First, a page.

Josee Monvoisin attends the University of Saskatchewan: College of Agriculture and Bioresources where she majors in Agribusiness and minors in Field Crop Production. She expects to graduate in May 2018. “Being involved in the Canadian Angus Association has allowed me to meet many valuable mentors. I hope that as I age I can also become a valuable mentor for young people in the Canadian Junior Angus Association. I believe that there is much knowledge to be shared and every new experience and opportunity I am presented with will be a rich learning experience,” says Monvoisin.
Raina Syrnyk is pursuing a double major in Finance and Accounting at the University of Manitoba and intends to obtain an MBA (master’s degree in business administration) from the University of Toronto, eventually establishing a career in the agricultural industry from a management and financial position. “I chose to pursue a commerce degree because I believe that there is a lot to be learned and applied concerning the efficiency and effectiveness of agricultural practices. In the future, feeding the world will be an ongoing challenge and by maximizing our efficiency together, we can minimize the gap between supply and demand,” says Syrnyk.
Brooke Bablitz attends Red Deer College where she is enrolled in the Bachelor of Elementary Education Degree. “I want to be involved in as many extracurricular activities the school has to offer. Relationships are a large part of effective teaching and I want to have that connection with members of my community and students in my classroom,” says Bablitz. “I would want to be involved in the committees that organize the various junior cattle shows in the summer. Those shows provided me with many opportunities over the years and I want to give back and ensure other juniors receive the same opportunities,” she adds.
Shane Roger attends the University of Regina where he is working towards a degree in business, with a focus on corporate branding and public relations. He plans to obtain an MBA in corporate branding. “I believe with the skills I develop through obtaining such credentials, that I will be able to remould the public opinion on hormones and antibiotics in livestock, as well get rid of the stigma surrounding unethical farming practices,” says Roger. Upon completion of his studies, Roger intends to work for a marketing firm with a focus on public relations and corporate branding or directly within the Ministry of Agriculture.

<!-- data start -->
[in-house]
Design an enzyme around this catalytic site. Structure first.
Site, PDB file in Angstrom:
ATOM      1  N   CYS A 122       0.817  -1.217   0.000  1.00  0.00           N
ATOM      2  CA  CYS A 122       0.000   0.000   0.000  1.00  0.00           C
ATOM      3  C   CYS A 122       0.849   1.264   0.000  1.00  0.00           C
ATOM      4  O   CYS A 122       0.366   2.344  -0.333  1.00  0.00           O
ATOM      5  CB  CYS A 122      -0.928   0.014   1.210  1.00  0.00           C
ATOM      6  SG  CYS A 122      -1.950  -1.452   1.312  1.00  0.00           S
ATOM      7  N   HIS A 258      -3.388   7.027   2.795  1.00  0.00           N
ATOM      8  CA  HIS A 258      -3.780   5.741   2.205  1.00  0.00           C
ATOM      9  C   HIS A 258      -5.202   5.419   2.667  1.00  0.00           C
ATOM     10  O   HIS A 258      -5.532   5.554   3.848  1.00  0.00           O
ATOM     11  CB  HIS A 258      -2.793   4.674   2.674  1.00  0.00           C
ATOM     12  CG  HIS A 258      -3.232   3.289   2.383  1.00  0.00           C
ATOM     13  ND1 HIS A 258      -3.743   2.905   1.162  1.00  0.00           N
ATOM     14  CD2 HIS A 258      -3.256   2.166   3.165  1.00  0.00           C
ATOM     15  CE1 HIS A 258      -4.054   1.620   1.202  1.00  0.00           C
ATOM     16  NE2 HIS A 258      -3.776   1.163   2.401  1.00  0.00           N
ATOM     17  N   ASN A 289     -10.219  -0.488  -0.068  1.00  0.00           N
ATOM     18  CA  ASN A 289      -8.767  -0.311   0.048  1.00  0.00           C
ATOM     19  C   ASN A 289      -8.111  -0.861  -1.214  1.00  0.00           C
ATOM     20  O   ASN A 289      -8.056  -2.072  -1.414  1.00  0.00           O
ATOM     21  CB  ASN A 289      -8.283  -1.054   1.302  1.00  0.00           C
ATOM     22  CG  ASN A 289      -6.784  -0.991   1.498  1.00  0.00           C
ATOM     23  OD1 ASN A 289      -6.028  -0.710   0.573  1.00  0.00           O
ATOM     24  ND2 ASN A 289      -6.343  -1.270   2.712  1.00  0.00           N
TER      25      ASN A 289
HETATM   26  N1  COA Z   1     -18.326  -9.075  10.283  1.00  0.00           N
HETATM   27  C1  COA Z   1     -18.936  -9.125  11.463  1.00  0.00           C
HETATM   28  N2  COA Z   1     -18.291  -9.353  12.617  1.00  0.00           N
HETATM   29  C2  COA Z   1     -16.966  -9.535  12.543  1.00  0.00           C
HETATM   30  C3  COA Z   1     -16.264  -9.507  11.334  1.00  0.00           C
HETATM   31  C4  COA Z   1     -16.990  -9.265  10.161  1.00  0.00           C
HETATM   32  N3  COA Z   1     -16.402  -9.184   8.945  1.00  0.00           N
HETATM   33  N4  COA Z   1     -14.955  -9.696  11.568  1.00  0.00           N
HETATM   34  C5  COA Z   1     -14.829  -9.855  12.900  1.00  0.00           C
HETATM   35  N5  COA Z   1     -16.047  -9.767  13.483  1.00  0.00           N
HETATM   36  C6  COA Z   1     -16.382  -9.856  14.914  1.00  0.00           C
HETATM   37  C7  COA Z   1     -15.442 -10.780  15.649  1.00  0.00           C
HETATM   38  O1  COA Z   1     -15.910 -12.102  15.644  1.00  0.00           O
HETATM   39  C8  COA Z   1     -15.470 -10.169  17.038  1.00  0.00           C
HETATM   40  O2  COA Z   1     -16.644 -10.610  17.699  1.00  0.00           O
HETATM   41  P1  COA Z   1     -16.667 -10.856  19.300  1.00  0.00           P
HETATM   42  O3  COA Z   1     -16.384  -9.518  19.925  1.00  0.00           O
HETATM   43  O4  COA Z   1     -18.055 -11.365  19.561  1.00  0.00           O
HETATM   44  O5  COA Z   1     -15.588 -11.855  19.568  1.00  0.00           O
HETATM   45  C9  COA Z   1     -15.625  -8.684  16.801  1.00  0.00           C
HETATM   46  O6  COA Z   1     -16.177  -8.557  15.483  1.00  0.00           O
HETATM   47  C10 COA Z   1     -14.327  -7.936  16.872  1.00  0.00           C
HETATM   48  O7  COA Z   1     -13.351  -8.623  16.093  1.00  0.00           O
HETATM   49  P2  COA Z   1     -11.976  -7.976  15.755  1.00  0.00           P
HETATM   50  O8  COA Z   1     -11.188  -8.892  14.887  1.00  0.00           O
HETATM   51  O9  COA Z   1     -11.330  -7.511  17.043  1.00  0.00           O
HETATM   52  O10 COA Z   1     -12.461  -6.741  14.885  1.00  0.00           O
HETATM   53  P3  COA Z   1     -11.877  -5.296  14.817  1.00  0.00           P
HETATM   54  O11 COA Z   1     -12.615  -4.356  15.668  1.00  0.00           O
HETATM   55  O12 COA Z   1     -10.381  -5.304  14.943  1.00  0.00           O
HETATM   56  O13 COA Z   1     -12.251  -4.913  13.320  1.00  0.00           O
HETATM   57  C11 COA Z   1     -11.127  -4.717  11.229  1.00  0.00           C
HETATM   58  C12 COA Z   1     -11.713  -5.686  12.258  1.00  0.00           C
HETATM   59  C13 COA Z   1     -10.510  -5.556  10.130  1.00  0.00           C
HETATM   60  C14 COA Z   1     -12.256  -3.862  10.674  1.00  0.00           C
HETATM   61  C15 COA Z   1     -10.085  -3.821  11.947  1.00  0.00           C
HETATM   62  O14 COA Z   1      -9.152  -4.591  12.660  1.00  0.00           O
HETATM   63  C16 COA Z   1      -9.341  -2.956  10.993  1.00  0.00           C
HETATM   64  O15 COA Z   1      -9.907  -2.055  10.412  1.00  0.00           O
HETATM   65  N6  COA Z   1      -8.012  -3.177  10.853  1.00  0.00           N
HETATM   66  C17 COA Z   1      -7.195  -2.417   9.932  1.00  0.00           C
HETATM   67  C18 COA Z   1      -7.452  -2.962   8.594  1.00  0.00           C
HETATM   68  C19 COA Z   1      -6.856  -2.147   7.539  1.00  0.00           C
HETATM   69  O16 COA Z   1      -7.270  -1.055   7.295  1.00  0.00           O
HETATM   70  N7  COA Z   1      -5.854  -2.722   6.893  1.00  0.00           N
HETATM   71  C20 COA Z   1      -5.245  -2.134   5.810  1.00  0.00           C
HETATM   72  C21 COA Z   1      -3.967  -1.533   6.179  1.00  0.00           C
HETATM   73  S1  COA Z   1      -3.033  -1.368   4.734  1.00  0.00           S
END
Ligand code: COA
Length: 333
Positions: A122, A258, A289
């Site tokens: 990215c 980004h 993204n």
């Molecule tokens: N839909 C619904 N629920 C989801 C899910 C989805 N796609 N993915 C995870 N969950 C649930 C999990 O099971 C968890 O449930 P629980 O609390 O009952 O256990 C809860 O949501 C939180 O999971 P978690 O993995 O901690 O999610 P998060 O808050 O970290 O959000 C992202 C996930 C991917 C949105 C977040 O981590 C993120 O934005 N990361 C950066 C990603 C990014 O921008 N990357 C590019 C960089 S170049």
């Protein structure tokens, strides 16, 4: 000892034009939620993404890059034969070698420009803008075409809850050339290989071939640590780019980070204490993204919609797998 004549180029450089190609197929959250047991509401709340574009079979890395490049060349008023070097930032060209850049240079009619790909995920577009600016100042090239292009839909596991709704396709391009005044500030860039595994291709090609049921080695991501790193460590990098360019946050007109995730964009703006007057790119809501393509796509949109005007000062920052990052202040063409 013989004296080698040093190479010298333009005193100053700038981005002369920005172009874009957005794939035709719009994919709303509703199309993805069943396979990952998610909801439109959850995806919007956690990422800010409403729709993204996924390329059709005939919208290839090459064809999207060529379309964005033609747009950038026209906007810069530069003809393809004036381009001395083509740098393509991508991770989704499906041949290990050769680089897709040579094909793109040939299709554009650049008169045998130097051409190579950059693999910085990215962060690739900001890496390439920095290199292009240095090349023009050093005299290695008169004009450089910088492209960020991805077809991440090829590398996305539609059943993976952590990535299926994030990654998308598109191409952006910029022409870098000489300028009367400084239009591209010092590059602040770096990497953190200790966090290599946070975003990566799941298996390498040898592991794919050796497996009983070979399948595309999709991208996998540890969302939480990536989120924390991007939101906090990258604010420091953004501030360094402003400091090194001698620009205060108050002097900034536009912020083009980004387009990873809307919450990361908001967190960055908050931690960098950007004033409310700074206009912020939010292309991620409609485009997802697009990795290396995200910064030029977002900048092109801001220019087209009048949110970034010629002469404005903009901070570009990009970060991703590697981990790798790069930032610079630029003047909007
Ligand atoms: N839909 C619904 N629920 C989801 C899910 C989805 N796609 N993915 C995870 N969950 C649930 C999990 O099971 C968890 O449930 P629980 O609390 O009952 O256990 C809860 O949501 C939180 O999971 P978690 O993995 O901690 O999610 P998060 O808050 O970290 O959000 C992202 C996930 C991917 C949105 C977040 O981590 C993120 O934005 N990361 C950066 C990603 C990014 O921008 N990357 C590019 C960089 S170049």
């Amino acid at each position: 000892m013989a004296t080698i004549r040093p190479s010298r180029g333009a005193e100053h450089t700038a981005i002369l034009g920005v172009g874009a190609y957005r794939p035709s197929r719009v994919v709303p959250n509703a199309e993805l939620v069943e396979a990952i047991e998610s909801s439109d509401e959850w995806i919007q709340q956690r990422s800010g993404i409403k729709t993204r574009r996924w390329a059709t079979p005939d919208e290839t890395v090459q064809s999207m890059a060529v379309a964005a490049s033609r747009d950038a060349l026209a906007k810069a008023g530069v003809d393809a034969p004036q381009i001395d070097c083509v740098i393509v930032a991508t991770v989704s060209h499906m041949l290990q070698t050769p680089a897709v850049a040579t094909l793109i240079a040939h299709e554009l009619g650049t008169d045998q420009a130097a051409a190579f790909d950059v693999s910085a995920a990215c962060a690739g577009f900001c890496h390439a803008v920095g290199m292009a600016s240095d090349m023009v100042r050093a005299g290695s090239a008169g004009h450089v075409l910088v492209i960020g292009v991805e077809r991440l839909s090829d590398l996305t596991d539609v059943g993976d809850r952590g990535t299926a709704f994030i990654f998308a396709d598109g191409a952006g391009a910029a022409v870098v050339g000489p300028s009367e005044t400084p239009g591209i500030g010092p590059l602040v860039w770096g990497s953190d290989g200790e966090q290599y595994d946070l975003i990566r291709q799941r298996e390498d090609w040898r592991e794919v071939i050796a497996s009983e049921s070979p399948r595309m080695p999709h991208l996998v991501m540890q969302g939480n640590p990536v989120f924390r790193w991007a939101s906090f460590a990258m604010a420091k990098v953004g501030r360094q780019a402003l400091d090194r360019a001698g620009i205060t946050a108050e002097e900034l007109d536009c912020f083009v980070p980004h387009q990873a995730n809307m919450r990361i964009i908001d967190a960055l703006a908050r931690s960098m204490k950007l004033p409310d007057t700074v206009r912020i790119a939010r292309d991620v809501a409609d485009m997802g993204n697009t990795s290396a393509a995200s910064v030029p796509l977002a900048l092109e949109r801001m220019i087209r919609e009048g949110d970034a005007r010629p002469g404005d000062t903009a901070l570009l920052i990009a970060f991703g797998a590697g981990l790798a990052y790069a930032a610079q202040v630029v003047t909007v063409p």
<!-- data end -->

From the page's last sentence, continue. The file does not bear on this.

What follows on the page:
The GOAL Conference promotes leadership skills within the Angus breed. Junior members from all over the country attend this three-day event held in a different Canadian location each year. During the event, Juniors hear from nationally recognized speakers, participate in workshops designed to improve their leadership skills, get involved in teamwork activities, and develop beef and industry knowledge. Participants are also given the opportunity to network and socialize with fellow Junior Angus members.
The Canadian Junior Angus Association is a group of Angus enthusiasts under the age of 21. GOAL is an annual networking and interactive function organized by the Canadian Junior Angus Association. It rotates throughout the country every February.